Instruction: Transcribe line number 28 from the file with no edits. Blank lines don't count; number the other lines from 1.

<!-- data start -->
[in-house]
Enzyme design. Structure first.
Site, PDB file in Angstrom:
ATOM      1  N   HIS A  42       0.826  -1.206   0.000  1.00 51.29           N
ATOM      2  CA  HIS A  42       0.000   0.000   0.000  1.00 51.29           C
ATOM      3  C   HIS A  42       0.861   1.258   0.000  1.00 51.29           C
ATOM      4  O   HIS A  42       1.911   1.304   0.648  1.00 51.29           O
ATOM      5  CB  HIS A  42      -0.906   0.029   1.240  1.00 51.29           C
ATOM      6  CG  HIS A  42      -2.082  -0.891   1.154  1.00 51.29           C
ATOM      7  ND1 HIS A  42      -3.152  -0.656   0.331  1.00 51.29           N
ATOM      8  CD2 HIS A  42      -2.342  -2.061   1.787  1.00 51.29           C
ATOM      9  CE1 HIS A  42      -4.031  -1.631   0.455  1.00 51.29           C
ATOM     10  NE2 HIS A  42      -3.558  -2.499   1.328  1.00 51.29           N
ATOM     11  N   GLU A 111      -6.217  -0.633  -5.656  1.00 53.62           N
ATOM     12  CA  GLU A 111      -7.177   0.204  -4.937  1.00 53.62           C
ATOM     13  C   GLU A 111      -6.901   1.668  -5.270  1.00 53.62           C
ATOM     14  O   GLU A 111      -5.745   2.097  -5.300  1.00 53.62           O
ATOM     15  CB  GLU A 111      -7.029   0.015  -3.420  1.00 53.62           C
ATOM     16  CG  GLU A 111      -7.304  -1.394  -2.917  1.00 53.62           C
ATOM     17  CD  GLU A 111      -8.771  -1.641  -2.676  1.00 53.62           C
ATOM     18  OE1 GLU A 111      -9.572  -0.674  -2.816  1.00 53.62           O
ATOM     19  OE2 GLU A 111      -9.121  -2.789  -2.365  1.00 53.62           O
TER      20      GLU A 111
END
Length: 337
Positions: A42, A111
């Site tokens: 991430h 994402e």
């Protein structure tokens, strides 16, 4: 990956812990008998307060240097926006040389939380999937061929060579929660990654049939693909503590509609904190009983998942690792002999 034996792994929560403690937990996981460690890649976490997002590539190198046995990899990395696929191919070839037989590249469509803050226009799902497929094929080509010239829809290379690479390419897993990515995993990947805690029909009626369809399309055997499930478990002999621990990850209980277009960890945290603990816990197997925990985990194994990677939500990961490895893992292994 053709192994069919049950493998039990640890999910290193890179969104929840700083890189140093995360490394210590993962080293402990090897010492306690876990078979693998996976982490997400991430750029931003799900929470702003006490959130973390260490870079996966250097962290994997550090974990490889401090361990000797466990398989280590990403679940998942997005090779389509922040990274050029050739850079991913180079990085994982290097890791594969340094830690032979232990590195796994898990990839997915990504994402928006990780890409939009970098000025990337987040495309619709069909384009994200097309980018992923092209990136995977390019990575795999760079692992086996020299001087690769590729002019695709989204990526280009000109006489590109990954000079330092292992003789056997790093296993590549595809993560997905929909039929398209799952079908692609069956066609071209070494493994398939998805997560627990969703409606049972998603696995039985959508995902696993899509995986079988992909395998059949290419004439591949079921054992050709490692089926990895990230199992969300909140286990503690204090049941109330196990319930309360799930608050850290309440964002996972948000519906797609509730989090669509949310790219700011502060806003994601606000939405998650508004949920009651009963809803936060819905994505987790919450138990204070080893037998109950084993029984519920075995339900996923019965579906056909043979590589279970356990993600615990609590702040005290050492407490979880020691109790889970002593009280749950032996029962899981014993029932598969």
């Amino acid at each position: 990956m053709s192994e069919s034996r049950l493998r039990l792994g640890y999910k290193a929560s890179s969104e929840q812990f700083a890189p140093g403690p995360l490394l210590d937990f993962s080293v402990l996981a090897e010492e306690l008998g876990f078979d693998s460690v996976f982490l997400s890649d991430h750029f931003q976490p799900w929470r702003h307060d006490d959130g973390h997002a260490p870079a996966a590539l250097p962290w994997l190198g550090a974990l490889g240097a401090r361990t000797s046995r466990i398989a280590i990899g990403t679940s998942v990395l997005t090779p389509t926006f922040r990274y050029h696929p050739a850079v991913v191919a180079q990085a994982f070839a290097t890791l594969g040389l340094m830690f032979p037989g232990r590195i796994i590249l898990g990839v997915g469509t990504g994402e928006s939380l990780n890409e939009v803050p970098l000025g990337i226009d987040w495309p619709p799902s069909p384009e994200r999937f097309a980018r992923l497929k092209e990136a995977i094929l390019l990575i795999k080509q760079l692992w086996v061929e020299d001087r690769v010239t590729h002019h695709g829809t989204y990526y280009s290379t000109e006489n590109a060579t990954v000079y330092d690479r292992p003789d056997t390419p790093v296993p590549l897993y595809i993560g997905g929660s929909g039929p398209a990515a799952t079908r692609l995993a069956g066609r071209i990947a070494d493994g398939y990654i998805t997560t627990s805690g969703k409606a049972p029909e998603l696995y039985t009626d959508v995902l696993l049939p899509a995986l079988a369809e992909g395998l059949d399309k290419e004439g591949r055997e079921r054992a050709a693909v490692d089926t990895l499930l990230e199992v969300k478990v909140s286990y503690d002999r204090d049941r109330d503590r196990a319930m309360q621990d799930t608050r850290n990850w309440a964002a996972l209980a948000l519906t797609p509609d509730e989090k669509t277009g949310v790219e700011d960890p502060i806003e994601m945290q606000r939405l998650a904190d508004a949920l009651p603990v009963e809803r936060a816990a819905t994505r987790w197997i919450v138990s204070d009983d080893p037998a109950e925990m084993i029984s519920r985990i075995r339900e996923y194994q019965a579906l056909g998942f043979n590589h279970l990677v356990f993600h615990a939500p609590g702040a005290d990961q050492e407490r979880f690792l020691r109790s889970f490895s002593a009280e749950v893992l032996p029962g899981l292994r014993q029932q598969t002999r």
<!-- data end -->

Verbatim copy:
């Protein structure tokens, strides 16, 4: 990956812990008998307060240097926006040389939380999937061929060579929660990654049939693909503590509609904190009983998942690792002999 034996792994929560403690937990996981460690890649976490997002590539190198046995990899990395696929191919070839037989590249469509803050226009799902497929094929080509010239829809290379690479390419897993990515995993990947805690029909009626369809399309055997499930478990002999621990990850209980277009960890945290603990816990197997925990985990194994990677939500990961490895893992292994 053709192994069919049950493998039990640890999910290193890179969104929840700083890189140093995360490394210590993962080293402990090897010492306690876990078979693998996976982490997400991430750029931003799900929470702003006490959130973390260490870079996966250097962290994997550090974990490889401090361990000797466990398989280590990403679940998942997005090779389509922040990274050029050739850079991913180079990085994982290097890791594969340094830690032979232990590195796994898990990839997915990504994402928006990780890409939009970098000025990337987040495309619709069909384009994200097309980018992923092209990136995977390019990575795999760079692992086996020299001087690769590729002019695709989204990526280009000109006489590109990954000079330092292992003789056997790093296993590549595809993560997905929909039929398209799952079908692609069956066609071209070494493994398939998805997560627990969703409606049972998603696995039985959508995902696993899509995986079988992909395998059949290419004439591949079921054992050709490692089926990895990230199992969300909140286990503690204090049941109330196990319930309360799930608050850290309440964002996972948000519906797609509730989090669509949310790219700011502060806003994601606000939405998650508004949920009651009963809803936060819905994505987790919450138990204070080893037998109950084993029984519920075995339900996923019965579906056909043979590589279970356990993600615990609590702040005290050492407490979880020691109790889970002593009280749950032996029962899981014993029932598969």